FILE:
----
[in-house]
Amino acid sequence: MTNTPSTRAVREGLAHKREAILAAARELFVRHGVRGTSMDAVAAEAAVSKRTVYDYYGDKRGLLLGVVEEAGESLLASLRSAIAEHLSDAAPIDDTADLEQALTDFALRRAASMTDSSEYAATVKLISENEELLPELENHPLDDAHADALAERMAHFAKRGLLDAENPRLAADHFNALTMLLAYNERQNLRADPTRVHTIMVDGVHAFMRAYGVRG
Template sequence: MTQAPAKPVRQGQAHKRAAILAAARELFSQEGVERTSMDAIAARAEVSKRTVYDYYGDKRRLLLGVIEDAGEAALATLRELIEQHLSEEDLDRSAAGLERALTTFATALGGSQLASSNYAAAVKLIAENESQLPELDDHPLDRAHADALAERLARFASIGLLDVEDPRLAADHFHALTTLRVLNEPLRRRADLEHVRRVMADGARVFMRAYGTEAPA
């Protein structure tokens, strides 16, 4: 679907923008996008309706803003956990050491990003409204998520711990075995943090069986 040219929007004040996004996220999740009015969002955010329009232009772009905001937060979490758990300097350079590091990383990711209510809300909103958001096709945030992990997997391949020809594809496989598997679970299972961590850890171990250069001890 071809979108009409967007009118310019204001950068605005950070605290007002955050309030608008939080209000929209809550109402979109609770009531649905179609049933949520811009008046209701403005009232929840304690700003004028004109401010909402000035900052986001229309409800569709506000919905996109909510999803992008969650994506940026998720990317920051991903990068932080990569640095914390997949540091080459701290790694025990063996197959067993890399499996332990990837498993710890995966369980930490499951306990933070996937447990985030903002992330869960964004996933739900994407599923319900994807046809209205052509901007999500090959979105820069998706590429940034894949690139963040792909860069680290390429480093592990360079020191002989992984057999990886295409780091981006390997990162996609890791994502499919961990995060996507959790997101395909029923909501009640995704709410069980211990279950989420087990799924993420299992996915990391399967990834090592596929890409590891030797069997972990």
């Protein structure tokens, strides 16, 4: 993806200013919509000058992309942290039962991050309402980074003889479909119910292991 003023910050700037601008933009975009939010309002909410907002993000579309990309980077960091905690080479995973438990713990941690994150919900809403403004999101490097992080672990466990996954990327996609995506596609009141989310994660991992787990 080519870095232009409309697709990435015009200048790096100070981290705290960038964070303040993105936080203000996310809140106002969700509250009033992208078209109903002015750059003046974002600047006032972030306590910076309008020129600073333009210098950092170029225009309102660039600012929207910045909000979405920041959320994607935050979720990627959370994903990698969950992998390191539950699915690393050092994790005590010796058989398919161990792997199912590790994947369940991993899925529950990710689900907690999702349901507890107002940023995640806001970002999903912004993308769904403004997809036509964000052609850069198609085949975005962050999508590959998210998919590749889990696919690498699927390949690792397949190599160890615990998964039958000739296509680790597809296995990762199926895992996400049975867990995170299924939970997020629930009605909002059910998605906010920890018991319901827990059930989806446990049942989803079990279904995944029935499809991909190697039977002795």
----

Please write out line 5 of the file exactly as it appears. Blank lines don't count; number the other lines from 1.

């Protein structure tokens, strides 16, 4: 993806200013919509000058992309942290039962991050309402980074003889479909119910292991 003023910050700037601008933009975009939010309002909410907002993000579309990309980077960091905690080479995973438990713990941690994150919900809403403004999101490097992080672990466990996954990327996609995506596609009141989310994660991992787990 080519870095232009409309697709990435015009200048790096100070981290705290960038964070303040993105936080203000996310809140106002969700509250009033992208078209109903002015750059003046974002600047006032972030306590910076309008020129600073333009210098950092170029225009309102660039600012929207910045909000979405920041959320994607935050979720990627959370994903990698969950992998390191539950699915690393050092994790005590010796058989398919161990792997199912590790994947369940991993899925529950990710689900907690999702349901507890107002940023995640806001970002999903912004993308769904403004997809036509964000052609850069198609085949975005962050999508590959998210998919590749889990696919690498699927390949690792397949190599160890615990998964039958000739296509680790597809296995990762199926895992996400049975867990995170299924939970997020629930009605909002059910998605906010920890018991319901827990059930989806446990049942989803079990279904995944029935499809991909190697039977002795």